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13 Reasons Why Your Dog Barks When Other Dogs Bark + 5 Tips

Why Does My Dog Bark When Other Dogs Bark

Every sound a canine makes is different.

Because each has its own meaning – depending on its pitch, timing, and intensity.

So, if they’re in their ‘own world’ and having a long doggie talk…

Could it be that they’re gossiping about the new neighbor’s cat?

Or are they just annoying each other?

And are there ways for you to stop it?

Well, keep reading to find out:

  • When do they choose to ‘talk back’ to other doggos.
  • If they’re only following them or they’re answering back.
  • Whether they’re having a positive or a negative conversation.
  • 7 helpful tips on how to manage their excessive vocalizations.
  • And many more…

Why does my dog bark when other dogs bark?

Your dog barks when other dogs bark because they’re stressed out, not in the mood to play, scared, being aggressive, excited, correcting their behavior, socializing, or being encouraged. It can also be due to genetics, lack of socialization, barrier frustration, alarm barking, and social learning.

13 reasons why your dog barks when other dogs bark

#1: Overstimulation

“I’ve had enough.”

If dogs can lack stimulation, they can also have too much of it and get overwhelmed.

That’s why some might withdraw during a play all of a sudden. It might have started as a fun time, but then the other dog got too pushy.

And even though they already said, “I’m done,” their pal still annoyed them.

So, your pooch might be in discomfort, so they’re more vocal. And might also side-eye the other dog.

My dog, Lissa, is very vocal when she wants to communicate something to me. I’ve taken her to some puppy parties when she was little.

Apparently, these gatherings were not her cup of tea. So after a few minutes passed, Lissa would look me in the eye and start barking.


Because she had dogs circling her, sniffing her, and she’d feel like she’s had enough. So at some point she’d simply say “I want to go! Now!”. Then we’d go for a walk and she’d quiet down.

#2: They’re not in the mood

Your Dog Barks When Other Dogs Bark If He's Not In The Mood

Do you often overhear your dog having an argument with another pooch?

Are they having a heated discussion about global warming? Maybe politics?

Or about whose parent is better!

Well, if you usually notice that yours is laying down while the other is so vocal and excited…

It might be because your doggo doesn’t want to play. Yet the other one still insists on it. And it became so annoying.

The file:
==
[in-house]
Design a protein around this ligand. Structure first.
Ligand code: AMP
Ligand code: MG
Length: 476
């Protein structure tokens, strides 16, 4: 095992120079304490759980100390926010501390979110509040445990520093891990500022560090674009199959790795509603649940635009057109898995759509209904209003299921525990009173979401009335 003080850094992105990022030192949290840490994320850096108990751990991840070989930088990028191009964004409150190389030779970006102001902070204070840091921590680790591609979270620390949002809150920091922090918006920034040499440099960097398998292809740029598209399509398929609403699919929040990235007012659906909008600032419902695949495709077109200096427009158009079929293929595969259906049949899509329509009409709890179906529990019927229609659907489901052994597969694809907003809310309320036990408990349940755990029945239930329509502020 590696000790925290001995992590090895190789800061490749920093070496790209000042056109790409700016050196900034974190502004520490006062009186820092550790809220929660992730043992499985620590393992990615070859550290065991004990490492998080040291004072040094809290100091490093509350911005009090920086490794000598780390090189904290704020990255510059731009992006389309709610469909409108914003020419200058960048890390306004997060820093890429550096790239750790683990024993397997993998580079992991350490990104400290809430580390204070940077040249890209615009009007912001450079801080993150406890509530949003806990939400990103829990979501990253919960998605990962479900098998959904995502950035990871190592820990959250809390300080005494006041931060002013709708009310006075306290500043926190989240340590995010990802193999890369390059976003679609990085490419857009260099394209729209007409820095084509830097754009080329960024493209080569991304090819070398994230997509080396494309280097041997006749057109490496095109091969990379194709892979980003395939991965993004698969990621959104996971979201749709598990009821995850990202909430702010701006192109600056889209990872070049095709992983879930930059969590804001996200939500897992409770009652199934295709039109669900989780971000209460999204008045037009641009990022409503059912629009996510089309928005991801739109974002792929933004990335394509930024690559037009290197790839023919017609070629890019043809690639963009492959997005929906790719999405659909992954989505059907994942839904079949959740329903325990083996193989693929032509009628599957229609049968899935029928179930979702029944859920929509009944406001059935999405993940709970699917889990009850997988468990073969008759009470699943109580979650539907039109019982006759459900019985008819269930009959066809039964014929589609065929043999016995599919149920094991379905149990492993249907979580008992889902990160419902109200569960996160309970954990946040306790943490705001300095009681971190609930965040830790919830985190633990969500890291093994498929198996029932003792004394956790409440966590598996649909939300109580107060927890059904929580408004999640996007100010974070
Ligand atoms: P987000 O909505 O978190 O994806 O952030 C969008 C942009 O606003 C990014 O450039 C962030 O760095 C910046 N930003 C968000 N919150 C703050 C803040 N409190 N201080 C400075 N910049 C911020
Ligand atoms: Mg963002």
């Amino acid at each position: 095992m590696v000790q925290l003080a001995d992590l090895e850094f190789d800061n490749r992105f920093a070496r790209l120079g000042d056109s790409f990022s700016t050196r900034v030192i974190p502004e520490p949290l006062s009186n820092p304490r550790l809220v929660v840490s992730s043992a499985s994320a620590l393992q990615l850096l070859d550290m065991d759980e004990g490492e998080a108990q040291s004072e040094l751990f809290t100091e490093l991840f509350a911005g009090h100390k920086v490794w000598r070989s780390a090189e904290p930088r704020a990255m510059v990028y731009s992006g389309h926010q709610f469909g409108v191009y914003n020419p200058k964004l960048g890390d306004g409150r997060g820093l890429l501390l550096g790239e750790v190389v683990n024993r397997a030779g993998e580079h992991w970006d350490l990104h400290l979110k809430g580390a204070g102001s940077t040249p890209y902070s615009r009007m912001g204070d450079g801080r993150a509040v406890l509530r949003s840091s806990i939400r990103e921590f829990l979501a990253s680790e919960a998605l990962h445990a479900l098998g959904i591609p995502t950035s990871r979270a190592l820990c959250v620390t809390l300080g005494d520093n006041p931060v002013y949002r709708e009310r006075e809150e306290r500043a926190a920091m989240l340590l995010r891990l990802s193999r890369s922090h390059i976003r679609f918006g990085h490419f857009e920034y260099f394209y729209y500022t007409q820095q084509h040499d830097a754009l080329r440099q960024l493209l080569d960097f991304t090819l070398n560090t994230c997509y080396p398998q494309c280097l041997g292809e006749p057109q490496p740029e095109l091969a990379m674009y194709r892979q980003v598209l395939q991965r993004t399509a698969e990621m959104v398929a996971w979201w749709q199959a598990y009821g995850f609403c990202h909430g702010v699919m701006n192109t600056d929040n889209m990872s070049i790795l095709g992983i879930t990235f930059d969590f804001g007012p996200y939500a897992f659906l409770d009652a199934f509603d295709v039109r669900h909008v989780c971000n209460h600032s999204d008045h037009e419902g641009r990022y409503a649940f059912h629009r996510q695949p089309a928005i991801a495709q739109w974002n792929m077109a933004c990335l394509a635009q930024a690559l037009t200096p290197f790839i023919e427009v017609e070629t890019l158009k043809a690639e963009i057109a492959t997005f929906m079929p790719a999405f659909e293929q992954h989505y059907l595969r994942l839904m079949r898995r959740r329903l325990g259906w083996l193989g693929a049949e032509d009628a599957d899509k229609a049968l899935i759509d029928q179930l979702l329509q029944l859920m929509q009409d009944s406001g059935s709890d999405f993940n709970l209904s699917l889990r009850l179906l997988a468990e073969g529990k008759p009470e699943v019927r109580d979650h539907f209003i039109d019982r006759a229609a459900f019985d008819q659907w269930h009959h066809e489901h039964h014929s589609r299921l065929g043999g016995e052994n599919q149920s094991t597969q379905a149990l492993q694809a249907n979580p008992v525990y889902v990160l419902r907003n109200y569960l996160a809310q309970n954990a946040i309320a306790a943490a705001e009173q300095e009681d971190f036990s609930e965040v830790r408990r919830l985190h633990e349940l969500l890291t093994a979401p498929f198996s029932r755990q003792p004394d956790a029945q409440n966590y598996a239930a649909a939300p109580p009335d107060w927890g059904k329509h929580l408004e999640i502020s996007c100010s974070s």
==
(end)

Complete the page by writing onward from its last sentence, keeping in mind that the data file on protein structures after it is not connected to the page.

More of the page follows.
So they got no other choice but to bark back and say, “No, thank you. Don’t bother me anymore.”

#3: Fear

“Stay away from me!”

Some canines might be aggressive or pushy. And it might be that your pooch has met one outside. So, their defense mechanism is to snarl back.

A scared one will usually pace a lot, have flattened ears, and dilated pupils.

They might also be nervous about meeting other dogs. And it might be due to little exposure to them.

#4: Holding their ground

Sometimes, your dog may not be the one who feels threatened. It might also be the opposite.

They might be confident enough and accept the challenge of an opponent.

So they let out barks and growls as signs they’re not yielding. They’ll also do it over and over again with increasing volume. 

They could be as aggressive as the one snarling at them. Or…

They might hate each other. So they bicker like two kids in grade school who don’t get along well.

This can be due to resource guarding or territorial instincts. The other canine might be getting near their food bowl or stealing their favorite toy.

#5: They’re being playful

Do they bark in high pitch and with short pauses?

If so, your pooch might be so excited to see their great pal. Or they met another playful hound.

The other dog might have yapped happily and wagged their tail like crazy. Which can translate into, “Hello! Nice meeting you!”

And your doggo will also woof back and do a paw slap. Which is a sign of trust.

So what seemed to be “screaming” sounds might be them shouting at each other out of joy.

It’s like when two good friends finally meet in person after months of facetiming.

#6: ‘Barrier frustration’

Did you see your pooch having a fierce debate with another hound by the gate?

Then when someone opened it, they became quiet? It’s like nothing happened a few seconds ago.

That’s because dogs might be more aggressive if there’s a barrier. Or if they’re on a leash.

A study says that it might be due to the feeling of being trapped.

Being restricted frustrates them so much. They couldn’t meet the canine in front of them and do what they’re supposed to do.

If they’re on a leash, it might be too tight. So the other dog is uncomfortable. And that’ll send confusing signals to your pooch.

Watch these two doggos who are so frustrated about this:

#7: To make peace

“Hey, calm down…

I’ll gladly share my toys. What do you want?”

If there are dogs who are fierce and don’t easily yield, there are also advocates of peace.

They’ll humbly submit to hounds who are confronting them. And that’s to avoid any fight or argument.

Your dog’s yapping back might be out of surrender if they avoid eye contact and lower their head and body. This is to make themselves smaller and show submission.

They might also do the ‘pretzeling.’ It’s when their body forms a knot or a ‘C-shape’ like the biscuit.

It’s also a way of showing they’re not resisting. And that the other one can take or do what they want.

#8: ‘Disciplinarian’ duties

If your dog is already an adult and they’re faced with a loud and hyper puppy, this may likely happen.

They might be correcting the behavior of a youngster who isn’t aware that what they’re doing isn’t nice.

The pup’s playful attitude might be getting out of hand. Like constant barking, nipping, and jumping on them.

So your pooch has decided to teach the little one some lessons.

They’ll avoid the puppy and snarl for a bit. This will serve as a warning for them to stop. And that they’re not liking it.

#9: Genetics